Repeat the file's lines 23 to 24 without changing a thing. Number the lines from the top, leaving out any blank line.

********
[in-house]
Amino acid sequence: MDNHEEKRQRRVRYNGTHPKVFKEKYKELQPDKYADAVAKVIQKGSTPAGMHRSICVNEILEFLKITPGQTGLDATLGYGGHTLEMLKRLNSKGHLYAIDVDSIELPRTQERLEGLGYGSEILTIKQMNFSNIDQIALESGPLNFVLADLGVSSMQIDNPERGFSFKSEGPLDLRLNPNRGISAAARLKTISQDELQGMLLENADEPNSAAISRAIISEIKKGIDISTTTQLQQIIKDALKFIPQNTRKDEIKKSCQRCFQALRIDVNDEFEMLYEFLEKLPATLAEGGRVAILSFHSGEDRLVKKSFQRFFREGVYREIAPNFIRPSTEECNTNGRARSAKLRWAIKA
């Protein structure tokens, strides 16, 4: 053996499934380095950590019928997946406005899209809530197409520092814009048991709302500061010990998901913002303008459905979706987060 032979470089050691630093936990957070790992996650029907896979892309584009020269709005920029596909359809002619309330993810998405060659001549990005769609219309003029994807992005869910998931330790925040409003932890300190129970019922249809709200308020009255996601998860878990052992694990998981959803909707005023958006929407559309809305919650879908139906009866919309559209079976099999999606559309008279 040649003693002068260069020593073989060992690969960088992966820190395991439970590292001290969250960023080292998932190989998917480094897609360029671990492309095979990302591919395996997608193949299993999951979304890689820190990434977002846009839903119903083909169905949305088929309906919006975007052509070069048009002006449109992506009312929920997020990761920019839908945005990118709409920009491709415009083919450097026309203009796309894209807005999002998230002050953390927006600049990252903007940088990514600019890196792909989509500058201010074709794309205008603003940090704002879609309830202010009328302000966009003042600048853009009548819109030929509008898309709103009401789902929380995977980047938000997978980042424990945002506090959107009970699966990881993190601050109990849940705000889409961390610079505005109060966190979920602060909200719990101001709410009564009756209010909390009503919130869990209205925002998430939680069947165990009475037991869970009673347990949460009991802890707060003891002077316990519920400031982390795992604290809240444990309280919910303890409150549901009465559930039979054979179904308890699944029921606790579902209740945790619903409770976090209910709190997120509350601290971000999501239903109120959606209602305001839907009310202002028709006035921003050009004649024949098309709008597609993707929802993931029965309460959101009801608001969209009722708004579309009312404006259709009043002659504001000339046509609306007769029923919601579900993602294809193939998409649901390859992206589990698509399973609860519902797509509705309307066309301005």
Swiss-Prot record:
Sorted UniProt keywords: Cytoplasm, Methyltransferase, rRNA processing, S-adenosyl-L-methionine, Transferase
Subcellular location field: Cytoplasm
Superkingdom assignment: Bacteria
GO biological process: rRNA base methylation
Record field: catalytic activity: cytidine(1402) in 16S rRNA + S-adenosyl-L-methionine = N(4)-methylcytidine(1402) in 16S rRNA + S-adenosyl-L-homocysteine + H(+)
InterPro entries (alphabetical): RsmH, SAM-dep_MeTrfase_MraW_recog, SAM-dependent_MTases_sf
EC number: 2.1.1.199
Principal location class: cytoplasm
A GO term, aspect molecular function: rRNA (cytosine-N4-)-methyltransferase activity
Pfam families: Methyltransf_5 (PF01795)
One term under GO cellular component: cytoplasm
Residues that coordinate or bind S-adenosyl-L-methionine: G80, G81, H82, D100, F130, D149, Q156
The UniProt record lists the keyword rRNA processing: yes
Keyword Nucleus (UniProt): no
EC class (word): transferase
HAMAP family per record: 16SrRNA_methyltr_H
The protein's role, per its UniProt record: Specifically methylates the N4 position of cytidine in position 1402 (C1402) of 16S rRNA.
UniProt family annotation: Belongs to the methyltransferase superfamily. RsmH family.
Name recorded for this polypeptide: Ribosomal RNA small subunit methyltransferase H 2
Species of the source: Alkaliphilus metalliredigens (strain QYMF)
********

Name recorded for this polypeptide: Ribosomal RNA small subunit methyltransferase H 2
Species of the source: Alkaliphilus metalliredigens (strain QYMF)